The NSCU liaisons have appreciated the training opportunities in response to their needs (although the big institute was mostly a vision of library administrators). Hilary and Honora emphasized the importance of investing in their liaisons. Some of the liaisons are putting their increased data skills to use by text-mining reference chat questions, creating predictions of DDA ebook usage and creating a data dashboard for ARL statistics.
Hilary and Honora suggest three top take-aways:
- Train for exposure (short course-style training);
- Develop for depth (deeper training, more specialized skills);
- Put it into practice (include data skills in liaison job responsibilities, and offer data services to faculty and students).
“The Future of Subject Specialists in Academic Libraries”
Betty Garrison (Elon University) and Mary Scanlon (Wake Forest University) led a discussion on “whether subject specialists remain relevant in the future.” They also provided predictions on “anticipated evolutionary changes to current responsibilities, potential for expanded roles, and the need for education and skills beyond the MLS.” While employing a clear outline, this program enjoyed a pleasant conversation feel to it.
Betty and Mary began by discussing their concern about the smaller attendance in BLINC’s quarterly meetings in last few years. They had considered possible reasons:
- Cuts in professional development time?
- Fewer business librarian positions?
- More focus on national organizations?
They planned this program to delve into those possibilities.
According to the National Center for Education Statistics, business remains one of the most popular majors at college, so the demand for library and research support probably remains high.
However, the natures and job titles of liaisons are evolving. Many positions are now focusing on functions, not subjects. Betty said she is now the only librarian at Elon with a job title that indicates a subject focus (Business Librarian). Mary and Betty provided decade-by-decade snapshots of changing job titles, responsibilities, and roles. The changing roles are more evolutionary than revolutionary:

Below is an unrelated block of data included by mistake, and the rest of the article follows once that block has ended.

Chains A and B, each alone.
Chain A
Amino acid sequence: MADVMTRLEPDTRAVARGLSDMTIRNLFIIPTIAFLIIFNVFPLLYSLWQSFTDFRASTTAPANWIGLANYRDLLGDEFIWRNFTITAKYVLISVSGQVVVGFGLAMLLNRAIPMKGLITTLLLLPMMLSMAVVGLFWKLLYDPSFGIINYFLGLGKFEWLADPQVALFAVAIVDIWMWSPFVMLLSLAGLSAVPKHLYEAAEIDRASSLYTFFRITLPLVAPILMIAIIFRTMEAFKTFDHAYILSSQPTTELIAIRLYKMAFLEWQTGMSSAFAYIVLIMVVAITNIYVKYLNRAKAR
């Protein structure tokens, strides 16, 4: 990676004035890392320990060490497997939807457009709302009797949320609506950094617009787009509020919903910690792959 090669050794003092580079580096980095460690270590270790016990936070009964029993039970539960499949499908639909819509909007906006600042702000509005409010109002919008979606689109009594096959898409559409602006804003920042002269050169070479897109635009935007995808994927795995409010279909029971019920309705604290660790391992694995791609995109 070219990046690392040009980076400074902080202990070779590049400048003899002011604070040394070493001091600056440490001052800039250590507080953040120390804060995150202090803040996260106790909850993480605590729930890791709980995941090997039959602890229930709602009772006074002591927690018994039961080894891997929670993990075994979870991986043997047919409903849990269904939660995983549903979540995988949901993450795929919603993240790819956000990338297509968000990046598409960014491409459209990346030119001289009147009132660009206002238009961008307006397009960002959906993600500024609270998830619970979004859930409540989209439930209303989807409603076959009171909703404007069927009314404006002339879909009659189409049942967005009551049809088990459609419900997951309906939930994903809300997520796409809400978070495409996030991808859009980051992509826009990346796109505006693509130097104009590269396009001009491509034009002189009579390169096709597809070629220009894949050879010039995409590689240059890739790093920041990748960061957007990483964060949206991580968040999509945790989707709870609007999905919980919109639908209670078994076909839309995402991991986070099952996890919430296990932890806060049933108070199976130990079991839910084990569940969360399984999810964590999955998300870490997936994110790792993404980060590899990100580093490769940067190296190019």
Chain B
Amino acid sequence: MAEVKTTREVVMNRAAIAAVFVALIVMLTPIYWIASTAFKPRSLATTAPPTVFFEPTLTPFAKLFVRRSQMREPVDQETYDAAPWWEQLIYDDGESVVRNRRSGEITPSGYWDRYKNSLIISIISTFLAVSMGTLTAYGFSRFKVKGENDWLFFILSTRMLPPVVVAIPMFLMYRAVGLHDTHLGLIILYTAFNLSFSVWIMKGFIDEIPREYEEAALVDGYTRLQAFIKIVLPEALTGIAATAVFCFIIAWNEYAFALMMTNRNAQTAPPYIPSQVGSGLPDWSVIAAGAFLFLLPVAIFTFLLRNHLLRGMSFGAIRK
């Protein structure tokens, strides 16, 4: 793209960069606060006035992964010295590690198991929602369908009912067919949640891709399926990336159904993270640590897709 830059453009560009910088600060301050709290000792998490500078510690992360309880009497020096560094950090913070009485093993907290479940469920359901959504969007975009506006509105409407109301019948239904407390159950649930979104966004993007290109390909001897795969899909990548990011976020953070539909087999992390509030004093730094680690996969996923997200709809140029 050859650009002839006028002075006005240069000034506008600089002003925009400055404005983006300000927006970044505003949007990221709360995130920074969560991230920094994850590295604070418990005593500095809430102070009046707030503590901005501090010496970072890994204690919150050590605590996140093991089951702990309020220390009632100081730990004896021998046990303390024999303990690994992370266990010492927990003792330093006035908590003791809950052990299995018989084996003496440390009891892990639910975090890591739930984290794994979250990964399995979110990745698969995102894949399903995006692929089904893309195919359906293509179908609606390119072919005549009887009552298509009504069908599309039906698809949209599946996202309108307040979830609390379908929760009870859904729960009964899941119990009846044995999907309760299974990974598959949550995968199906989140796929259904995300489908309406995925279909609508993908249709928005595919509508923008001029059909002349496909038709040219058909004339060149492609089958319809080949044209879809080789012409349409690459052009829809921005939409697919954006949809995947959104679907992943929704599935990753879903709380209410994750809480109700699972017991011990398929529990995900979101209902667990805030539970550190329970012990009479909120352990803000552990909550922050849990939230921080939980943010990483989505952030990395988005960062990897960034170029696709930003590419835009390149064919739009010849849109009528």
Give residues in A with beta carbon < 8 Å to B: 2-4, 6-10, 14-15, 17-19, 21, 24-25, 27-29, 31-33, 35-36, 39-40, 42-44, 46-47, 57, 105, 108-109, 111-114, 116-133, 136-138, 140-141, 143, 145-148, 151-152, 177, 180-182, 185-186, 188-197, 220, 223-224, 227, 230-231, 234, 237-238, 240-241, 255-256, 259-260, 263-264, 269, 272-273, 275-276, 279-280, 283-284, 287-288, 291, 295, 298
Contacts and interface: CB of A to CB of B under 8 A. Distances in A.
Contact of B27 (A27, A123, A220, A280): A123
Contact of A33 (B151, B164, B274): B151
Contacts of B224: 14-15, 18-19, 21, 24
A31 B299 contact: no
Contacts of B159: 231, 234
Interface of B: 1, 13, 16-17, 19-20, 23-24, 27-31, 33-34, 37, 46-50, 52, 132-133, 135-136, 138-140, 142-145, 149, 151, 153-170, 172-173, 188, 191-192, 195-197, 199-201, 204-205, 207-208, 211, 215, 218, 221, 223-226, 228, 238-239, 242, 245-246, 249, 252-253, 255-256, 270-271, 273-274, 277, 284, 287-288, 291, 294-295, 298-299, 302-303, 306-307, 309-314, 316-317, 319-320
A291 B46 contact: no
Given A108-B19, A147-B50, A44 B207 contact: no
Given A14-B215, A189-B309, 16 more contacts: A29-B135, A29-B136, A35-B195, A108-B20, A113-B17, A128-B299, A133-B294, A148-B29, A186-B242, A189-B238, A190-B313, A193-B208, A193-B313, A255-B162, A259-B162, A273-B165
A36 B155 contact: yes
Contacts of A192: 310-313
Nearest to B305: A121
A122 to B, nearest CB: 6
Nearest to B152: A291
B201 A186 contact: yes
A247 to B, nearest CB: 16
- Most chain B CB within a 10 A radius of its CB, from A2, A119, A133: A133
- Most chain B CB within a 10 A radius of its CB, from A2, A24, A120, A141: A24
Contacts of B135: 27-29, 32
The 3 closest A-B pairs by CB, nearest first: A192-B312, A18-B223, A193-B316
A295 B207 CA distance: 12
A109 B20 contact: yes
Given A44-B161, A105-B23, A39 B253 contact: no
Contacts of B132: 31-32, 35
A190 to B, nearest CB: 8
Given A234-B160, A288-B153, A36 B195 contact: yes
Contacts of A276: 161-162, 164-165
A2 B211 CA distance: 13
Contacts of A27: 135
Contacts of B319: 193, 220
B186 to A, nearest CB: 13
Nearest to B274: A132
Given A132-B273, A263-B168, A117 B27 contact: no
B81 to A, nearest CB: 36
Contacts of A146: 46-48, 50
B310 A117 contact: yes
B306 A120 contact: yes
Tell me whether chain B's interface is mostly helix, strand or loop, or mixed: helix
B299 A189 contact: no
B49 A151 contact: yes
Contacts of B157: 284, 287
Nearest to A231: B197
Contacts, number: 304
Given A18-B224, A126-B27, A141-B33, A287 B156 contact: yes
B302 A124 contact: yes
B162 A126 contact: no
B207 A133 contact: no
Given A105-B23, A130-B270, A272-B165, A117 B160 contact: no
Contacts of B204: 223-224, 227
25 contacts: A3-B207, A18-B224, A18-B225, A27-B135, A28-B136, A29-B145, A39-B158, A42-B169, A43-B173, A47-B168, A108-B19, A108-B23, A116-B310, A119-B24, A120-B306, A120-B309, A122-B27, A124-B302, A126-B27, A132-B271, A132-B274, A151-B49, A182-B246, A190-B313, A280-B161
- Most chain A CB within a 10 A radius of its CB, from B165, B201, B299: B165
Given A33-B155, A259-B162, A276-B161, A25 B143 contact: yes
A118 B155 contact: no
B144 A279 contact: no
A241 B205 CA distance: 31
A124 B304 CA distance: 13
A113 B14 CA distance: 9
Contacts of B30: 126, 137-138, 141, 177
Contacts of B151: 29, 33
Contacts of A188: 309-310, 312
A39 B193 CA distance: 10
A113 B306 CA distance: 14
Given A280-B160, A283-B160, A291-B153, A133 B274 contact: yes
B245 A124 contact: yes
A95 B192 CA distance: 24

- Teaching: deeper engagement & embedding. Instructional design; teaching our own classes.
- Approval plan increasingly important –> same for collection policy. Less ordering.
- Reference services: meeting patrons where they are; the desk less important; using student workers in a triage model. Outreach librarians spending time in dorms. Public librarians going door to door, or working at the chamber or small business and entrepreneurship centers.
- Research and publications support. Data sets, open access, citation assistance, institutional repositories. (Betty’s business school dean recently called her to provide education to his faculty about predatory journals.)
- Supporting faculty tenure applications: impact factors, times cited, alt metrics.
- Outreach: supporting the outreach librarian (a functional position); frosh orientation; advising; embedded work.
- Technology: devices, services, location-independence; tech check-outs.
Some subject liaisons are shedding functional roles as libraries hire more functional librarians. This should help us deal with the crisis in the escalation of liaison responsibilities. Mary alluded to a workshop the WFU and UNCG liaisons once had on this topic.
Comments from the audience at this point:
- “I’m one of those new outreach librarians. There has been a lot of support for my position. I’ve been asked to try some new things, and am sort of writing my own job description.”
- “Do your 1st year instruction librarians have subject liaison roles too?” Many do, apparently.
- Two librarians mentioned recent failed searches (for a science librarian and business librarian) because their favorite candidates were snatched up quickly by other companies.
- Subject librarians continue to get busier. Work/life balance is becoming more difficult.
Conclusion from Betty and Mary: Subject liaisons will endure as our roles and responsibilities continue to evolve.
Conference proceedings will be published soon.